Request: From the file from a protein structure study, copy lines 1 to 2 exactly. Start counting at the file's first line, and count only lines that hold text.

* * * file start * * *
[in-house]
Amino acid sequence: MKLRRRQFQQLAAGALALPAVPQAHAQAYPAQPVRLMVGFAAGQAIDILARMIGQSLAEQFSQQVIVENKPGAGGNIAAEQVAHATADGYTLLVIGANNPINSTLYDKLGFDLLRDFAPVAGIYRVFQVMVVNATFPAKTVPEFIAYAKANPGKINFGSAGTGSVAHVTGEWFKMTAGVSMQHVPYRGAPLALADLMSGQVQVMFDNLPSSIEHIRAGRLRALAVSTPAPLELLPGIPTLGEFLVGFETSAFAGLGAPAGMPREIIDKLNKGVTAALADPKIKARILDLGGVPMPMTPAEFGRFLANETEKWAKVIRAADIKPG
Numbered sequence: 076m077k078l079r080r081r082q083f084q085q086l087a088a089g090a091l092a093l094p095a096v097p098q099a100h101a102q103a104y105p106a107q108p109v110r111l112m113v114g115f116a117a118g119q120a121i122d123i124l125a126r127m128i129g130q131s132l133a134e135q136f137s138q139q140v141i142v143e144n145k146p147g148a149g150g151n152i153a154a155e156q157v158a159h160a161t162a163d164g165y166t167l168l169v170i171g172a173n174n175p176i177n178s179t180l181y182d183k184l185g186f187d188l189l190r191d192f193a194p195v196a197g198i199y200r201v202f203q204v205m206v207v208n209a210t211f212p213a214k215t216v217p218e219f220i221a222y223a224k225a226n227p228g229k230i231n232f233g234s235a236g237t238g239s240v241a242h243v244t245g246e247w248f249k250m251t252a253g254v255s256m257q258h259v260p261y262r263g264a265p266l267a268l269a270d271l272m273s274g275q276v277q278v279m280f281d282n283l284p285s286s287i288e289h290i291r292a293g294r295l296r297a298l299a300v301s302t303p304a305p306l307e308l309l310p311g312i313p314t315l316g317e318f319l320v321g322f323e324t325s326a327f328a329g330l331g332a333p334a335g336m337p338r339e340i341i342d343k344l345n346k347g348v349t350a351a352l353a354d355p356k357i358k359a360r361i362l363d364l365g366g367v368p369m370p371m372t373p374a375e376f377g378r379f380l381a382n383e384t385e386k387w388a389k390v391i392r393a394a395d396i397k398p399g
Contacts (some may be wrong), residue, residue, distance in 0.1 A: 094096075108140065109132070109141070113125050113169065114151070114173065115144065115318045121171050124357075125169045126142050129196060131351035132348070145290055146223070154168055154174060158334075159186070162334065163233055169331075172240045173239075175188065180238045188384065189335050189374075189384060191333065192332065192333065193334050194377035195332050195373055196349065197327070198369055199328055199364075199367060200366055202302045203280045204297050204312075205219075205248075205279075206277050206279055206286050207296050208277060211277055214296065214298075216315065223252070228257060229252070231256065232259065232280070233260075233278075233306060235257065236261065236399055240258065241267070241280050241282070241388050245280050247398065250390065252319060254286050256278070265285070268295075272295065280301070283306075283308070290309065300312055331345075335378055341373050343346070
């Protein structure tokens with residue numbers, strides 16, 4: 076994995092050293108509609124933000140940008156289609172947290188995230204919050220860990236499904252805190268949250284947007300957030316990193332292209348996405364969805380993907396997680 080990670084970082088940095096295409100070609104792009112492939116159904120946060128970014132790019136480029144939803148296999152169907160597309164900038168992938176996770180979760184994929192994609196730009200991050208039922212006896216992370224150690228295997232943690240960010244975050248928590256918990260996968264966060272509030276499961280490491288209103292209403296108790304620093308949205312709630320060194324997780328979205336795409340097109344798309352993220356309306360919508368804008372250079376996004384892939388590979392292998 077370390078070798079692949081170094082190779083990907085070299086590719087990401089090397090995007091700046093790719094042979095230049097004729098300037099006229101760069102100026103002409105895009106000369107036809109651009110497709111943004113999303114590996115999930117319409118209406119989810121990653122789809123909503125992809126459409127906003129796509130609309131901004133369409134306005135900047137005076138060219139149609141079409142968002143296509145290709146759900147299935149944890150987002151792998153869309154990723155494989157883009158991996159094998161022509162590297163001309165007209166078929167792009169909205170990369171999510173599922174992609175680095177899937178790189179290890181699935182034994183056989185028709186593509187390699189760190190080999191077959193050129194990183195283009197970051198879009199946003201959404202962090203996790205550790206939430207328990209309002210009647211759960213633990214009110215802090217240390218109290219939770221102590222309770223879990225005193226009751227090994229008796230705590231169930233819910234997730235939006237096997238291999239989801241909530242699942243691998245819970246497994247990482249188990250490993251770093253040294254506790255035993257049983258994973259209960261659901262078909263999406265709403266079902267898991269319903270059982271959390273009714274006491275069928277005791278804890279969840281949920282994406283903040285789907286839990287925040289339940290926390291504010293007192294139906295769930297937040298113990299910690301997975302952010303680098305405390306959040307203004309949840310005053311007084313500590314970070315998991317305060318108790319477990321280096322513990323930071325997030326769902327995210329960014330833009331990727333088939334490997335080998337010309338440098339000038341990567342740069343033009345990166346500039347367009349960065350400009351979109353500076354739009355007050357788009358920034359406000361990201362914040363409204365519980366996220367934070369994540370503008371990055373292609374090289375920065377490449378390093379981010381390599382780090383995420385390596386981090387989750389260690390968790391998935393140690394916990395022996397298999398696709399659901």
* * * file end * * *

[in-house]
Amino acid sequence: MKLRRRQFQQLAAGALALPAVPQAHAQAYPAQPVRLMVGFAAGQAIDILARMIGQSLAEQFSQQVIVENKPGAGGNIAAEQVAHATADGYTLLVIGANNPINSTLYDKLGFDLLRDFAPVAGIYRVFQVMVVNATFPAKTVPEFIAYAKANPGKINFGSAGTGSVAHVTGEWFKMTAGVSMQHVPYRGAPLALADLMSGQVQVMFDNLPSSIEHIRAGRLRALAVSTPAPLELLPGIPTLGEFLVGFETSAFAGLGAPAGMPREIIDKLNKGVTAALADPKIKARILDLGGVPMPMTPAEFGRFLANETEKWAKVIRAADIKPG